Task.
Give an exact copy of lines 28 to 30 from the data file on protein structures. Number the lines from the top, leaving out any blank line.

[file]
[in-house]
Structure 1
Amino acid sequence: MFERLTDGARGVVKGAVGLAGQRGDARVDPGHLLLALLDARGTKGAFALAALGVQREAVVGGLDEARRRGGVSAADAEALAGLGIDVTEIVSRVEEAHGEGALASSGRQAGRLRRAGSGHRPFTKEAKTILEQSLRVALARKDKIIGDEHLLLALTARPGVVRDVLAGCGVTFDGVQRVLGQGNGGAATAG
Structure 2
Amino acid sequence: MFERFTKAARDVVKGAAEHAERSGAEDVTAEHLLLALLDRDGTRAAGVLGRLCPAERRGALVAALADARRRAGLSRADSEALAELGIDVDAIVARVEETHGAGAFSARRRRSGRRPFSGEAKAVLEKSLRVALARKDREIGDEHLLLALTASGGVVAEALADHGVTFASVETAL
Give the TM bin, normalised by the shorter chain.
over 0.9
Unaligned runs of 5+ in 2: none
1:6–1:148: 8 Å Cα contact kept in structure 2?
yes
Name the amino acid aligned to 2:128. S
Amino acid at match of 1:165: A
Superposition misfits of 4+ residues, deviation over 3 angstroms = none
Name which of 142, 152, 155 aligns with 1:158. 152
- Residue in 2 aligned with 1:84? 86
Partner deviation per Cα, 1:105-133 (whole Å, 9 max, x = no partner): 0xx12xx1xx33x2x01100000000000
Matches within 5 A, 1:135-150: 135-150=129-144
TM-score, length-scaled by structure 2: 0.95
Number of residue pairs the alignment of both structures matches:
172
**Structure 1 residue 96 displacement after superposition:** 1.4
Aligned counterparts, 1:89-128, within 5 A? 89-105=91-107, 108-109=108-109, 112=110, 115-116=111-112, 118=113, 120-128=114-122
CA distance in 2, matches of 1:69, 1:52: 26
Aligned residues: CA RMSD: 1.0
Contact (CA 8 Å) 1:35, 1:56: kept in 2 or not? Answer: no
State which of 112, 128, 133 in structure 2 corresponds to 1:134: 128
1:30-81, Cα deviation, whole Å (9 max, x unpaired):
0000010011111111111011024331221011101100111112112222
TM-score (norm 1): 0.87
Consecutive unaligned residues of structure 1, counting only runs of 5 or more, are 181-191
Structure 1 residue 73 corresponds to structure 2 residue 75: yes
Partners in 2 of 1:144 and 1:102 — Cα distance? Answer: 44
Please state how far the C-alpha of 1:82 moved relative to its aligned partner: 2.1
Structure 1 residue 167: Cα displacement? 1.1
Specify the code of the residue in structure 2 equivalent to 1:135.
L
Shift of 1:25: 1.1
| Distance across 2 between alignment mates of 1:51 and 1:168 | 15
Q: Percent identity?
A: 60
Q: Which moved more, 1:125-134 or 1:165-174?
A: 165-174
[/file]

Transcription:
0000010011111111111011024331221011101100111112112222
TM-score (norm 1): 0.87
Consecutive unaligned residues of structure 1, counting only runs of 5 or more, are 181-191